"It was our dad's dream to have the Cup Board Pro in kitchens all over the world," the siblings say on the business's website. "We feel honored to be able to continue his legacy and to share a little bit of Keith Young and the Cup Board Pro with you all."
While it may all seem overwhelming, the Youngs say they can handle it.
"Honestly, it's kind of hard to overwhelm the three of us because of just the amount of stress you go through seeing your loved ones sick. We are only able to be here because of how strong our parents were," Kaley told the Sharks.
Daymond John, who was crying by the end of the pitch, asked the Youngs to step out of the Tank, and the investors decided to work together. Lori Greiner, who also teared up, said she could easily sell all of the Youngs' current inventory on QVC, while Kevin O'Leary was impressed but said they needed to bring down the $12.50 it costs to make the Cup Board Pro (the retail price was $40, the Youngs said on the show). After their quick huddle, the Sharks called the Young siblings back into the tank.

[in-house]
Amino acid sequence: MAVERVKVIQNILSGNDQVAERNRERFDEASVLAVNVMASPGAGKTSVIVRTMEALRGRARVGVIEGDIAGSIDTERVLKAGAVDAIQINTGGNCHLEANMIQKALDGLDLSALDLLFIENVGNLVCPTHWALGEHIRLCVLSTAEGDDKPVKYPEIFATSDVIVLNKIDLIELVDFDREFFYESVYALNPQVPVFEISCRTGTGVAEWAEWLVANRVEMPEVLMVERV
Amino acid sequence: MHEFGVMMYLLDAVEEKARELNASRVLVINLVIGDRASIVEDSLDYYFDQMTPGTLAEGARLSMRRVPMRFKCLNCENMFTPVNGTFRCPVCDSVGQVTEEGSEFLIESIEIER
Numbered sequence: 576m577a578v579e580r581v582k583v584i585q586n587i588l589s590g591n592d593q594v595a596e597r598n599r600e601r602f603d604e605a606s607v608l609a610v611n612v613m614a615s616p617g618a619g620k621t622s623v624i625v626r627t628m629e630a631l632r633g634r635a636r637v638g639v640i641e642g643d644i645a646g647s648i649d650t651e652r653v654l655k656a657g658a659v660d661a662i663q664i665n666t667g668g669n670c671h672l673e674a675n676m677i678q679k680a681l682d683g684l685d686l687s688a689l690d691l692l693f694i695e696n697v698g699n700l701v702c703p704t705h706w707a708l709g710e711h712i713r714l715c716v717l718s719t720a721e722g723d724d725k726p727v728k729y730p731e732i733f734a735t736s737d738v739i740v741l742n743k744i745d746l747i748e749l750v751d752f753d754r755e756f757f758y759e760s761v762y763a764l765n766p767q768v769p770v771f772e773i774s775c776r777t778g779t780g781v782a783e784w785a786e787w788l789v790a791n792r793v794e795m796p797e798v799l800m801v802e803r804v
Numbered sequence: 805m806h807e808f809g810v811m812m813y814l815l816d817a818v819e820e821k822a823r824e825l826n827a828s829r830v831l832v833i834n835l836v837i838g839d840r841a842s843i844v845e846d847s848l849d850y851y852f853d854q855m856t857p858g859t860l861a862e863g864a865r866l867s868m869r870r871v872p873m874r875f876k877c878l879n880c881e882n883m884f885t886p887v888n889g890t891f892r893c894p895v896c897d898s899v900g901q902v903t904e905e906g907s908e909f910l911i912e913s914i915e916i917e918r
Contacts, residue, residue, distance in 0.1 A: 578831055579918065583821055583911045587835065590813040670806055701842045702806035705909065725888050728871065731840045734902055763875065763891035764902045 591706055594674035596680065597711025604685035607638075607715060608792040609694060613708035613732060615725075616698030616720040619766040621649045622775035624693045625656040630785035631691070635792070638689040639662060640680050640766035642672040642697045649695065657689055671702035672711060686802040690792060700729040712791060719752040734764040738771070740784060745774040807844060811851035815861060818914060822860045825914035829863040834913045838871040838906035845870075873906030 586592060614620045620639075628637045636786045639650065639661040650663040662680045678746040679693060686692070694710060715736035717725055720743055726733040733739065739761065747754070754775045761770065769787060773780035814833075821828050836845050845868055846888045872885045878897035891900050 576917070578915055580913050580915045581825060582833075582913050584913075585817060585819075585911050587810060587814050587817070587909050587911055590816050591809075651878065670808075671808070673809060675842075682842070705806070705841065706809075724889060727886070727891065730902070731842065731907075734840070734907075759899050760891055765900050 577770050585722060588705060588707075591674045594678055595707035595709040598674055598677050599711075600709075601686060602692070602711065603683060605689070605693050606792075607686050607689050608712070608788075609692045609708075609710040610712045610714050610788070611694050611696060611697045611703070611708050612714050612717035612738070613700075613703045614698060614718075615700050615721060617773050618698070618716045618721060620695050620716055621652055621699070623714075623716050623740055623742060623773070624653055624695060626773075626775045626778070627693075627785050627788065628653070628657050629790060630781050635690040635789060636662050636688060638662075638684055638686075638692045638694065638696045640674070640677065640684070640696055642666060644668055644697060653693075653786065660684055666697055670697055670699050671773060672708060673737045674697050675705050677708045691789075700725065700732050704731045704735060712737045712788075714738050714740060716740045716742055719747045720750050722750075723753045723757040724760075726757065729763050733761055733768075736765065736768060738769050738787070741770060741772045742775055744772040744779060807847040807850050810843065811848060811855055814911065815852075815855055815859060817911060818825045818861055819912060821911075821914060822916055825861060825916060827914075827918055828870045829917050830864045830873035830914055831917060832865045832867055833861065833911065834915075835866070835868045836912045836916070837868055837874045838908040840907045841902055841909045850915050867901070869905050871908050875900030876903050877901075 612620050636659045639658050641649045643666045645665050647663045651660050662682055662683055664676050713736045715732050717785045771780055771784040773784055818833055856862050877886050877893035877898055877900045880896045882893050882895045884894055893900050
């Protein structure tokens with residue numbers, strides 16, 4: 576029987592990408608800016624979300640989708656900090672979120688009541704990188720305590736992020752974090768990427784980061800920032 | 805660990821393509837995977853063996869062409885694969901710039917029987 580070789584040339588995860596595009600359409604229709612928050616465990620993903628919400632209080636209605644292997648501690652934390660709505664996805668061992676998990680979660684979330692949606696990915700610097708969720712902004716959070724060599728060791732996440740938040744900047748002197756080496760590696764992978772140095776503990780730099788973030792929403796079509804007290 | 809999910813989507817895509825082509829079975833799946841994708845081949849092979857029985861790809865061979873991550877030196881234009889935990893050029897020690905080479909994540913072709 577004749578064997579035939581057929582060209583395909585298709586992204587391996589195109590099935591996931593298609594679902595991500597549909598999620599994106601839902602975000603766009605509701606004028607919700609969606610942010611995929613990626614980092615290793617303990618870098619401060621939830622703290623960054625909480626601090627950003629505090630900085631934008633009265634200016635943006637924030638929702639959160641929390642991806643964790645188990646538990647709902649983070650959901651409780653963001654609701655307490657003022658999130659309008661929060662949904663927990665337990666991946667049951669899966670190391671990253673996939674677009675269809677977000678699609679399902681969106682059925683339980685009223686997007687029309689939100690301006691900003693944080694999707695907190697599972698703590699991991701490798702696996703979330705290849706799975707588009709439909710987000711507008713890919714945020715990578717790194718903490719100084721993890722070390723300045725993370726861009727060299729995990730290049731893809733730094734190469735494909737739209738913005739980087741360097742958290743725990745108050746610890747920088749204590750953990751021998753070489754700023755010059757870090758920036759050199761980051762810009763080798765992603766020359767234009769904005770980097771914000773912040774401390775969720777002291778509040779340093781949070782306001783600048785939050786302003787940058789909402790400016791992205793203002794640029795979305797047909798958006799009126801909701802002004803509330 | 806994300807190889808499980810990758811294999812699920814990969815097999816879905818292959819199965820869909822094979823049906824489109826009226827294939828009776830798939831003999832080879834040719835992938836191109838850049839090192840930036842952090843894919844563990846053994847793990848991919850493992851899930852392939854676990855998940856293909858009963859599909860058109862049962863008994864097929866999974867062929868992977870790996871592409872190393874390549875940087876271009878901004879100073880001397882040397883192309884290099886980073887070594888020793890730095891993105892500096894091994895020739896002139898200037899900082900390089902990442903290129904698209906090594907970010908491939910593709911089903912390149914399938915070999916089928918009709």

"Your story is amazing," Mark Cuban said. "Obviously, you have a million reasons to be proud. And your father will live on forever through each of you and this product. But rather than us fight it all out, we decided to work together."
John told the stunned siblings that such five-Shark collaboration is a rarity. "In fact, it pretty well never happens," said O'Leary.
The five sharks offered the Youngs $100,000 for 20 percent, with each shark contributing $20,000. Any profits the sharks earn from their investment will be given to a charity helping firemen who have become sick after 9/11.
The Youngs accepted the deal.
"This is the beauty of entrepreneurship," Cuban says. "They're going to be able to support themselves. This is going to be a product that's going to go on forever."
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Disclosure: CNBC owns the exclusive off-network cable rights to "Shark Tank."